Pilgrimages and Holy Sites

My wheels of steel, Saxon, has finally found his purpose.

There was a bit of reluctance on my part to drive on the motorway. Going at higher speeds is kinda risky, driving for several hours at a time becomes a feat of concentration and endurance. British motorways are organised: fastest cars keep in the centre lane, with slower traffic on the outside. You overtake by passing on the inner lanes only. In contrast, American motorways are freeways: free-for-all-ways. Drivers zigzag and weave in all directions, there is no strong correlation between your speed and which lane you feel entitled to. The whole thing looks rather intimidating. I have no smartphone or fancy GPS systems to guide me: if I got lost, I’d rapidly get really lost.

Yet unless I braved the motorways, even through ownership of Saxon I would still be trapped. The “safe” roads led me to nothing but suburban mall wastelands. Risks would need to be taken.

It would be a waste of my time driving to New York: tolls on the roads, bridges, tunnels, everywhere. The real pressing need I had was to drive South. By regional rail it would take me 90 minutes – up to 2.5h if I needed to access a suburb – to get to Philadelphia. In a car that time was shaved to an hour, and less if I only needed to reach a suburb.

I’ve now driven twice to Philly and back. To my surprise, the motorway part isn’t a big deal: people do drive like lunatics, but I guess that I’m a lunatic (New Jersian) driver myself now. I can certainly anticipate and react to their crazy slaloms across 4 lanes of heavy traffic. Navigation to Philly is really easy: follow Route 1, then switch to 95-South when it becomes available. Barely 30 min later and you can see the Philly skyline. My strategy for getting back is still evolving: twice I’ve pre-emptively exited  the freeway into the suburban idyll around New Brunswick, and stressed a bit in the hope I was on the correct road to get back to familiar territory. Next time I should have it figured.

It may seem over-sensitive for me to call my newly unlocked travelling ability as “empowering”…but it really does feel that way. Before, Philly was a hassle to get to – a long boring train ride away – and I would go months and months without visiting. Now, I can get there in barely an hour, have a full enough day there (long enough to see people, wander around, maybe waste time in a coffeeshop), then get back to New Brunswick with a late afternoon/early evening to spare. The nostalgia hasn’t felt as painful these last two visits: I may still be able to maintain a meaningful connection with the city after all.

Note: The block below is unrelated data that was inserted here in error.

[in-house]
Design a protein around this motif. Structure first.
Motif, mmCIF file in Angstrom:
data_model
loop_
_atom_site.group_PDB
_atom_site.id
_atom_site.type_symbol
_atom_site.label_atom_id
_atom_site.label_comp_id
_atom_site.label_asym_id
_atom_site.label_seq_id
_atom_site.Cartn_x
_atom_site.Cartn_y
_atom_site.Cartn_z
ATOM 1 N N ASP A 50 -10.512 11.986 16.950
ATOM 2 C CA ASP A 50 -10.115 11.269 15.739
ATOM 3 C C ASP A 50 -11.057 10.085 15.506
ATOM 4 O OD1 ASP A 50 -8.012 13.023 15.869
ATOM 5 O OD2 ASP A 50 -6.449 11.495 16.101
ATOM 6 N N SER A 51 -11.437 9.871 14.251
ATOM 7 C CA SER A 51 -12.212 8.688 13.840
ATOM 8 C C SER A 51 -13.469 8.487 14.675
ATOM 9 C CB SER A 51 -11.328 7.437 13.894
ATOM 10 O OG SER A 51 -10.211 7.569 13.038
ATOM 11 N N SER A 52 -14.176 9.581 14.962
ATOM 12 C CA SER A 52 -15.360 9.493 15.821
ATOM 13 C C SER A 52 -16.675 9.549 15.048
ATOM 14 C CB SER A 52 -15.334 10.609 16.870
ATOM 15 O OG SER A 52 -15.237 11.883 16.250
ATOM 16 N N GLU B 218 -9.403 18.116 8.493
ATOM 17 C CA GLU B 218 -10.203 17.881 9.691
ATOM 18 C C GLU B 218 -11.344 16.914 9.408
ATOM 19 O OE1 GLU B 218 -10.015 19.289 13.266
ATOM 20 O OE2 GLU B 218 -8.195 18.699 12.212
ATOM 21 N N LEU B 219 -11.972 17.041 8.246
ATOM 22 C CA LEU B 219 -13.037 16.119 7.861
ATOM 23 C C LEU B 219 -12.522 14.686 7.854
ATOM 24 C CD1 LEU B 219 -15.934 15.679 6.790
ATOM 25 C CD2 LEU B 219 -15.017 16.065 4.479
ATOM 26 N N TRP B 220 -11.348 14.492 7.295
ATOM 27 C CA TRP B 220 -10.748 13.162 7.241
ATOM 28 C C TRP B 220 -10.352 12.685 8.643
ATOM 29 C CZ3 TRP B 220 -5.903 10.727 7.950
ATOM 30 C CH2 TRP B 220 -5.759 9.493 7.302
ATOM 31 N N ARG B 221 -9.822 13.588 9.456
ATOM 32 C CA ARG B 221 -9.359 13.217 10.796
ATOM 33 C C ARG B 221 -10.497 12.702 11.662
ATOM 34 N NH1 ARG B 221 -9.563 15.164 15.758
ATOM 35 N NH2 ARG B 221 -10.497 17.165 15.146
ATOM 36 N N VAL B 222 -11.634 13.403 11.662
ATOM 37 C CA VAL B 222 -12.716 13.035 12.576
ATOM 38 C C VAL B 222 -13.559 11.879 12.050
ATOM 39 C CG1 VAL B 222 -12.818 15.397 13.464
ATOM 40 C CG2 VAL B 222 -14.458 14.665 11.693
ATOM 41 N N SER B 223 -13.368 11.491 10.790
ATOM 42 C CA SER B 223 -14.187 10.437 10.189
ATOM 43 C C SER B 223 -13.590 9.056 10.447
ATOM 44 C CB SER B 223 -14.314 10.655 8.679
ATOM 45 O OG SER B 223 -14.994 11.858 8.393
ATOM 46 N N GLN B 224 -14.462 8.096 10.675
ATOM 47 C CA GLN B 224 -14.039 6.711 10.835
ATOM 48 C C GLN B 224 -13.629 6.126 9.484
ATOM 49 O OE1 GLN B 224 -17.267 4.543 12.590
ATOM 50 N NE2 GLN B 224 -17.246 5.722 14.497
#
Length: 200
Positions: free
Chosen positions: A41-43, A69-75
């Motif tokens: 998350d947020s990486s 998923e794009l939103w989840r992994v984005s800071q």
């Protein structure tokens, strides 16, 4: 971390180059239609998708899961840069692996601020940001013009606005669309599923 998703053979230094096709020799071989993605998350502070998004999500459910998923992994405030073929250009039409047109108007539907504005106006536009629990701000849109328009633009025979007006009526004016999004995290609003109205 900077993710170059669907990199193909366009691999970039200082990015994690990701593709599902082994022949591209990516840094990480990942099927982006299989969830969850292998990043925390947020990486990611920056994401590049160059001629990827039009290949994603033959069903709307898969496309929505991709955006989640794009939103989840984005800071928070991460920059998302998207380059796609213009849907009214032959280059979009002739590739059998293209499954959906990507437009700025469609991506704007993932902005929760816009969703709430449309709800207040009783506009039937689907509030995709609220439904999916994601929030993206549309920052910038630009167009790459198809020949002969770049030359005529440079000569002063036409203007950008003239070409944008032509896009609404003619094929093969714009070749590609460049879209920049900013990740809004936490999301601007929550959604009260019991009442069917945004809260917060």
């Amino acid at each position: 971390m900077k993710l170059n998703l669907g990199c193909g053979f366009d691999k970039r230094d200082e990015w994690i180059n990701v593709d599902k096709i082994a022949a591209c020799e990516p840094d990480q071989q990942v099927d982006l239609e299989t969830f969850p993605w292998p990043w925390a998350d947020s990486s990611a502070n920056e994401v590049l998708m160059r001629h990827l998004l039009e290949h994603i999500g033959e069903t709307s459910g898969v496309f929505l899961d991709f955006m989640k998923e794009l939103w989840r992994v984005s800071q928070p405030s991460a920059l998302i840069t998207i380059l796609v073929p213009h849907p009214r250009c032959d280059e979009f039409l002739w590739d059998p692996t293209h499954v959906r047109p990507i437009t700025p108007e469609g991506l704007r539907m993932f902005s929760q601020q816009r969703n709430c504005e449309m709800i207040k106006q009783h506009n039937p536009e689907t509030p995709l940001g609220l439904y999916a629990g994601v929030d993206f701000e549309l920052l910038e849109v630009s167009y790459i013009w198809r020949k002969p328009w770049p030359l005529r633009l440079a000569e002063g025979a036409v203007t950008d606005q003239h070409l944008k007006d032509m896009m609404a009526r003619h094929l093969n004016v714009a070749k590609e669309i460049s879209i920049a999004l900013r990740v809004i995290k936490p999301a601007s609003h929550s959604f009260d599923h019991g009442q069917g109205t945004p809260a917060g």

The time, I invested a little time in a trip to the Swan Memorial Fountain. It was a glorious day – no-jacket weather – and I needed to walk off my lunch. Where else should I go?

The Swann Memorial Fountain

The Swann Memorial Fountain

Since 2010 I’ve visited this city at least once every year. Only the yearly trips when I flew in from other countries, other lives, I would always go back to this spot – to sit with my feet in a fountain and contemplate. There have been stresses and uncertainties, but those leave me at the fountain.

I’ve been struggling for my current research project for almost a year. It has worked, then failed when I thought it would work. It has progressed slowly – any slower and you could label it a dead end. If this project works, if it works in an efficient and reliable manner, then it could lead to some good publications for me. As yet I’ve not hit the benchmark that would prove such a thing, although I’m not far off. Running up dead ends, wasting time on countless side projects, spin-offs and new ideas is emotionally and physically draining. There is nothing else in my life besides grad school: my self-esteem and moods have become pegged onto my research, fluctuating with it on a daily basis. I can run from hope to despair in less than 24 hours. For the most part I am confident, but I’ve had a bad couple of weeks with disappointing experiments to process and bounce back from.

Right now a side project has given me cause for hope. I have a handful of results that are good and I’ve established are reliable. Yet I know that any experiment (and I have to run the important ‘killer’ experiments as soon as possible) has the power to crash my project and invalidate my good results. As yet, no failsafe benchmark has been reached.

Going to the Swann Memorial fountain helps me. Maybe the waters are holy. In any case, I was able to soothe the darker emotions and refocus myself. What needs to be done, what I mustn’t lose sight of. Calmed and empowered, I head for home.

Sunshine in my veins

Nobody on the road, nobody on the beach. I feel it in the air, summer’s back in reach…


It feels as like I am Dorothy; having just touched down on Oz, technicolour has suddenly been switched on to my world. I find myself walking about my usual business and spontaneously grinning. Why? Oh, no reason. Just that summer is coming.

There have been a number of years where I’ve felt distinct worry, unhappiness and despondency during the winter months. It’s happened often enough that I termed it the “winter darkness”. This year everything seemed to be fine…it was just when the sun started showing and the warmth  crept back that I realised just how much of a dulling effect the short nights and cold have on my mood.